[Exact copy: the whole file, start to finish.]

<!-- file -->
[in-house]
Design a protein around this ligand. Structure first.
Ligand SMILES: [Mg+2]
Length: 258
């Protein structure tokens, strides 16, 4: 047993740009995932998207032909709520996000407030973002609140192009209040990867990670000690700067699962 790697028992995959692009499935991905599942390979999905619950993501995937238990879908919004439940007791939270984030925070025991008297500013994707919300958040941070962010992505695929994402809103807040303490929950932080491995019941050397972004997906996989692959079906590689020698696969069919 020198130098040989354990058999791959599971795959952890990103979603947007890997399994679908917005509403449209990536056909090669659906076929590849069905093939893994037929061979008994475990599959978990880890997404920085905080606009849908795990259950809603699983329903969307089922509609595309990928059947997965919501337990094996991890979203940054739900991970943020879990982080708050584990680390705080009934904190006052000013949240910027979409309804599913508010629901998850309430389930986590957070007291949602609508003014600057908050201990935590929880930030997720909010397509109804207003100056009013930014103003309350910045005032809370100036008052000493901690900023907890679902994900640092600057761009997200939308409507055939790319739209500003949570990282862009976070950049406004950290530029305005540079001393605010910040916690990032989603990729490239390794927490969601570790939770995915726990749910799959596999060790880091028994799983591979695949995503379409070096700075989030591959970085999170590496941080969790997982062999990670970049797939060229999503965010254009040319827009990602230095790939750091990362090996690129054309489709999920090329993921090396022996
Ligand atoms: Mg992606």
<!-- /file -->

[in-house]
Design a protein around this ligand. Structure first.
Ligand SMILES: [Mg+2]
Length: 258
């Protein structure tokens, strides 16, 4: 047993740009995932998207032909709520996000407030973002609140192009209040990867990670000690700067699962 790697028992995959692009499935991905599942390979999905619950993501995937238990879908919004439940007791939270984030925070025991008297500013994707919300958040941070962010992505695929994402809103807040303490929950932080491995019941050397972004997906996989692959079906590689020698696969069919 020198130098040989354990058999791959599971795959952890990103979603947007890997399994679908917005509403449209990536056909090669659906076929590849069905093939893994037929061979008994475990599959978990880890997404920085905080606009849908795990259950809603699983329903969307089922509609595309990928059947997965919501337990094996991890979203940054739900991970943020879990982080708050584990680390705080009934904190006052000013949240910027979409309804599913508010629901998850309430389930986590957070007291949602609508003014600057908050201990935590929880930030997720909010397509109804207003100056009013930014103003309350910045005032809370100036008052000493901690900023907890679902994900640092600057761009997200939308409507055939790319739209500003949570990282862009976070950049406004950290530029305005540079001393605010910040916690990032989603990729490239390794927490969601570790939770995915726990749910799959596999060790880091028994799983591979695949995503379409070096700075989030591959970085999170590496941080969790997982062999990670970049797939060229999503965010254009040319827009990602230095790939750091990362090996690129054309489709999920090329993921090396022996
Ligand atoms: Mg992606």